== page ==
Study Hall: White Women’s Role in Dismantling the Patriarchy

In the white feminism piece and the more recent trans women piece, there was a critique of what women, mainly white women, have to do. But if we are all dealing with a patriarchal society, why is the onus on us to fix things?

Feeling like the weight to address the injustices of the patriarchy and/or white supremacy is unevenly or unfairly placed on you is understandable, especially if you’re also marginalized. 
I think it comes down to one’s privilege and how it allows somewhat of a buffer or reprieve from experiencing the entirety of these unjust systems compared to just having to act against them. White supremacy and the patriarchy don’t affect us all the same. Thus, we cannot stop the work once our issues have been resolved or push back when our possible complicity is confronted. 

This is why we talk about being intersectional and centering the most marginalized. It forces us to work towards total liberation of all and not surface-level fixes for some. Not doing so or not acknowledging how you can be marginalized and still benefit from this system encourages them to still exist. Read how abortion was still criminalized in a Roe v. Wade world. 

Mainstream, or white feminism, imagines a world somewhat like Barbieland, where women are all starting at 1. Therefore, women’s biggest obstacle is men and the patriarchy. This ignores how race, gender identity, sexuality, status, etc. can push that starting point into the negatives. It’s why America Ferrera’s “Barbie” speech on the societal expectation for women can be so poignant and resonate (I cried during the movie and again rereading it now) and still feel flat. This type of feminism positions our current struggles as collectively trying to overcome beauty standards, traditional gender roles, sexism, the pay gap and promotions, and, more recently, lack of abortion access. But many of us still struggle to find housingget jobs, and even be seen as women.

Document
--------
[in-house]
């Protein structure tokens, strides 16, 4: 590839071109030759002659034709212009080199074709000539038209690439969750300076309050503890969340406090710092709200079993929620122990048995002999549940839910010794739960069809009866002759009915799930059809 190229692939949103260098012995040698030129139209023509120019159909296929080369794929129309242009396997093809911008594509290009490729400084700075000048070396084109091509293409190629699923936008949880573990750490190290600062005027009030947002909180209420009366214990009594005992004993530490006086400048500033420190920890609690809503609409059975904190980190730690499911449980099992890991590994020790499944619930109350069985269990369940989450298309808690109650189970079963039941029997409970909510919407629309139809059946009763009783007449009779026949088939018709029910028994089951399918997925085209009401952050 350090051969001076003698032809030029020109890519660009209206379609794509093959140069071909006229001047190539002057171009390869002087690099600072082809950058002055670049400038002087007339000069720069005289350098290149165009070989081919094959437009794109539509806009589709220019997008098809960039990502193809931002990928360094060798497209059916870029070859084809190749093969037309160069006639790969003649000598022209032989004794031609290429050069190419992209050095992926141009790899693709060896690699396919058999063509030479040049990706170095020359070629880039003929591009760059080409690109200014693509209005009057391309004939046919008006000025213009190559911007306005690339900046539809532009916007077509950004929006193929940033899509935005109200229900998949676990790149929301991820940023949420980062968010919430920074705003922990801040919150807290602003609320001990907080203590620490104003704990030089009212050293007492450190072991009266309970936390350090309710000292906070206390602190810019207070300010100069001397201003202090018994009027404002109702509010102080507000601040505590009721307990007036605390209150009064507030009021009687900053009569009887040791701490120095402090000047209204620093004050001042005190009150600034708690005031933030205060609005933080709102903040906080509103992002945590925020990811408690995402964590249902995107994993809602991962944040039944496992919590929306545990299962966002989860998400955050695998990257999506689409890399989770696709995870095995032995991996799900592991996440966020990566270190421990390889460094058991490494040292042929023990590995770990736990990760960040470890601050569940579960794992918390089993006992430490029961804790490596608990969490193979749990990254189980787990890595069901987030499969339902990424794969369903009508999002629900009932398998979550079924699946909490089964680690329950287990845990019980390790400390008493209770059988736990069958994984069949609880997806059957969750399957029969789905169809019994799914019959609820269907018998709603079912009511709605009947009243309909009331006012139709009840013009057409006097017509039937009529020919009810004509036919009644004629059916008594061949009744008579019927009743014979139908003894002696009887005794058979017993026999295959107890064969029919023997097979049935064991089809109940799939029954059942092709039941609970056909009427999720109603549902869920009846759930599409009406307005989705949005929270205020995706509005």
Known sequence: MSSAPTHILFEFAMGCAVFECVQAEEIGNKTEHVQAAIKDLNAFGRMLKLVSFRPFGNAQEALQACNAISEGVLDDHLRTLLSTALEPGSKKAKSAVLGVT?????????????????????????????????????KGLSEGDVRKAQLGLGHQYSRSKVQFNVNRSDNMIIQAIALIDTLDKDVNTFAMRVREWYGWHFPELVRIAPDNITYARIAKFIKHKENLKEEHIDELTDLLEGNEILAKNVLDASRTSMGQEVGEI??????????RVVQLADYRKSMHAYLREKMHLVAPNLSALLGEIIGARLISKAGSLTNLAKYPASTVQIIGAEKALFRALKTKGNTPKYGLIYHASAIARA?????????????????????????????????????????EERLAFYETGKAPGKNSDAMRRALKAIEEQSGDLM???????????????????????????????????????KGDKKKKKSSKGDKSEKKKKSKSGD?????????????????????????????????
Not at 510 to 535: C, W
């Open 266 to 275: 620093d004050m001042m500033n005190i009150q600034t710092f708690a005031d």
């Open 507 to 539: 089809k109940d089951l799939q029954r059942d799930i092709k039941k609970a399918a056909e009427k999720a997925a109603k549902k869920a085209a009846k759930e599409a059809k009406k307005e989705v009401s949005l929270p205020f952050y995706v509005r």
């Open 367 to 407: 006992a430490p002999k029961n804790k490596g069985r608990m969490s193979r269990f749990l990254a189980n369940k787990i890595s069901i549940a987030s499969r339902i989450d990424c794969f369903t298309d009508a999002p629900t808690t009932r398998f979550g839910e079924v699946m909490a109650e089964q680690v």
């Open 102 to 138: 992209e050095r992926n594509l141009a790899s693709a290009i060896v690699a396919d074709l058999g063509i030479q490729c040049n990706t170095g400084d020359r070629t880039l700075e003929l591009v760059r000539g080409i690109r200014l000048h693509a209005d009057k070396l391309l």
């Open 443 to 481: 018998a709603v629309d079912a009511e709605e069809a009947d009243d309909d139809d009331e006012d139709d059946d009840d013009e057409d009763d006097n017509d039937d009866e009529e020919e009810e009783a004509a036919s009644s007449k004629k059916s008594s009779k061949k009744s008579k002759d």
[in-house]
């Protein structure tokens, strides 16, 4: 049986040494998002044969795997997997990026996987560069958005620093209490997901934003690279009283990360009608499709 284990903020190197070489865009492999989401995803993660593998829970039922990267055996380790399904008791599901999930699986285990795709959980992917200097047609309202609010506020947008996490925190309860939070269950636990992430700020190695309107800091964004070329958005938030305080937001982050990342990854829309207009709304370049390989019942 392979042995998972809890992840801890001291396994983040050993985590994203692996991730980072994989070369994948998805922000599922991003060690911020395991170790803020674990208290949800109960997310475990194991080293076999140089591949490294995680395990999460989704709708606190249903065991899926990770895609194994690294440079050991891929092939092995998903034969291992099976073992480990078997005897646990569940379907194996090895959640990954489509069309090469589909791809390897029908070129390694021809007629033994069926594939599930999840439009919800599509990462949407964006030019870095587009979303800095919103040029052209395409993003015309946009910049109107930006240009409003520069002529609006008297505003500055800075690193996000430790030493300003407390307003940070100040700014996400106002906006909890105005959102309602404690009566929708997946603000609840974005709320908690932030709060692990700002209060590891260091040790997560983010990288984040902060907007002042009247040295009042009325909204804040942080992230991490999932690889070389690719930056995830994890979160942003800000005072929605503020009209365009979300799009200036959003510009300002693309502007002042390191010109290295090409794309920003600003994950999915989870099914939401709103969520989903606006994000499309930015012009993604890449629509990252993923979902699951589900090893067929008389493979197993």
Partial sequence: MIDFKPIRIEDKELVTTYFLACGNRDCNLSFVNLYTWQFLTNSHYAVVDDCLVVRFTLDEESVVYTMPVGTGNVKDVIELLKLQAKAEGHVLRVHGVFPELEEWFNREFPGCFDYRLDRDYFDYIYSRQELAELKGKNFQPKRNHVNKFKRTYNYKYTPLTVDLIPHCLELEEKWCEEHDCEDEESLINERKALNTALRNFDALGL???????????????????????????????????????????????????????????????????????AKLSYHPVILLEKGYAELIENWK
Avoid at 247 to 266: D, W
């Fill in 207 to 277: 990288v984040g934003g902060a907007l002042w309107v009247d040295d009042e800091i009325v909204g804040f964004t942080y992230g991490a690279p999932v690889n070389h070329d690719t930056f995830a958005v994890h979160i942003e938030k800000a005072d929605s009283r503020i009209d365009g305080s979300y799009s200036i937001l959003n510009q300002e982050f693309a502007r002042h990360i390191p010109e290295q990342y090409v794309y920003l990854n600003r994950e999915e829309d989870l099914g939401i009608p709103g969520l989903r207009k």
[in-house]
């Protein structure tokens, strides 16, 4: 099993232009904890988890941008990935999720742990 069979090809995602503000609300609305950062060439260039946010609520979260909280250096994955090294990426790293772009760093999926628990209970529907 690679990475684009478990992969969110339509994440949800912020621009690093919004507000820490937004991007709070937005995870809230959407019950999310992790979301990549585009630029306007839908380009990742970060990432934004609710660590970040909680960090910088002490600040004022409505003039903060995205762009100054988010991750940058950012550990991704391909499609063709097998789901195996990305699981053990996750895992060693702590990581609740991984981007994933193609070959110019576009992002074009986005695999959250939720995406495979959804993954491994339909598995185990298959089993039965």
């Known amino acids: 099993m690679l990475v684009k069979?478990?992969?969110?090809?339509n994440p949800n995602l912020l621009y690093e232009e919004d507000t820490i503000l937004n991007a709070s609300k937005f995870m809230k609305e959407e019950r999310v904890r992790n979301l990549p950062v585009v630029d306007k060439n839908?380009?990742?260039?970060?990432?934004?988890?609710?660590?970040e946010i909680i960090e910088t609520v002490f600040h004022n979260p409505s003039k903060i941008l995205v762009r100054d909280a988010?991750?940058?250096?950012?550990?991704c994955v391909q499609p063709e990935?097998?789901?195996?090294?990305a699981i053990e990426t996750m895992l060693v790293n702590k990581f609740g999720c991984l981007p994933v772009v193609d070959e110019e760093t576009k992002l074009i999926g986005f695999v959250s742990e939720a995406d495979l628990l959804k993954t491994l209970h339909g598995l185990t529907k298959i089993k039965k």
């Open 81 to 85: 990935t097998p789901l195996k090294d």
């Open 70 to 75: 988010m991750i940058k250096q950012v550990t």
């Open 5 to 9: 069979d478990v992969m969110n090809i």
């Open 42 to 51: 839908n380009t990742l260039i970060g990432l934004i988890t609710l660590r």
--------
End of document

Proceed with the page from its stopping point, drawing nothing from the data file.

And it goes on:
Not to mention white women have benefited from the work of those more marginalized. And due to white supremacy, they have a unique power to uphold or dismantle the toxic notions of womanhood. 

So while the work is not exclusively yours to bear, understanding your role and doing something about it is. This type of work requires engaging and sitting in the discomfort and examining our individual roles in both the building/sustaining of these systems and their dismantlement. 

To quote Andrew here, “Solidarity is a practice. It’s not something we are or believe: it’s something we do. We can stand with others to dismantle the political and economic institutions that harm them and us, or we can choose to look away.”

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